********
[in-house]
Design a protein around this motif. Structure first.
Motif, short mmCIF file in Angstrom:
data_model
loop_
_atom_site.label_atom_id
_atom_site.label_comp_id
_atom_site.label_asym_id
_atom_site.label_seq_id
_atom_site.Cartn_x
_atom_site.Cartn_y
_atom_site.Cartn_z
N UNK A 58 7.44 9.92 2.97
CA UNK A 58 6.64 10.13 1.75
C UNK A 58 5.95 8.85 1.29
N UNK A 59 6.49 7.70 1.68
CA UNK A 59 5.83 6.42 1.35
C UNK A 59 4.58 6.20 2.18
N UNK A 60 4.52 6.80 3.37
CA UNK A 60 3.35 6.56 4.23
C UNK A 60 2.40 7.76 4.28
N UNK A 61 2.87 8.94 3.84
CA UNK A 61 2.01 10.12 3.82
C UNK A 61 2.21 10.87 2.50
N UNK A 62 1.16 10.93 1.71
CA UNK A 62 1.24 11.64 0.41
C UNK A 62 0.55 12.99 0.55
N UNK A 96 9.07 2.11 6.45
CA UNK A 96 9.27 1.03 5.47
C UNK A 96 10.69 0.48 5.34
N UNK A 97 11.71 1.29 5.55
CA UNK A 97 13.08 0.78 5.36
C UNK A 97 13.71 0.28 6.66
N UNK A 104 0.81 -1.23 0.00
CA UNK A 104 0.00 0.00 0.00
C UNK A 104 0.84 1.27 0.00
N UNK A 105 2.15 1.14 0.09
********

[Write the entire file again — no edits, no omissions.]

[in-house]
Design a protein around this motif. Structure first.
Motif, short mmCIF file in Angstrom:
data_model
loop_
_atom_site.label_atom_id
_atom_site.label_comp_id
_atom_site.label_asym_id
_atom_site.label_seq_id
_atom_site.Cartn_x
_atom_site.Cartn_y
_atom_site.Cartn_z
N UNK A 58 7.44 9.92 2.97
CA UNK A 58 6.64 10.13 1.75
C UNK A 58 5.95 8.85 1.29
N UNK A 59 6.49 7.70 1.68
CA UNK A 59 5.83 6.42 1.35
C UNK A 59 4.58 6.20 2.18
N UNK A 60 4.52 6.80 3.37
CA UNK A 60 3.35 6.56 4.23
C UNK A 60 2.40 7.76 4.28
N UNK A 61 2.87 8.94 3.84
CA UNK A 61 2.01 10.12 3.82
C UNK A 61 2.21 10.87 2.50
N UNK A 62 1.16 10.93 1.71
CA UNK A 62 1.24 11.64 0.41
C UNK A 62 0.55 12.99 0.55
N UNK A 96 9.07 2.11 6.45
CA UNK A 96 9.27 1.03 5.47
C UNK A 96 10.69 0.48 5.34
N UNK A 97 11.71 1.29 5.55
CA UNK A 97 13.08 0.78 5.36
C UNK A 97 13.71 0.28 6.66
N UNK A 104 0.81 -1.23 0.00
CA UNK A 104 0.00 0.00 0.00
C UNK A 104 0.84 1.27 0.00
N UNK A 105 2.15 1.14 0.09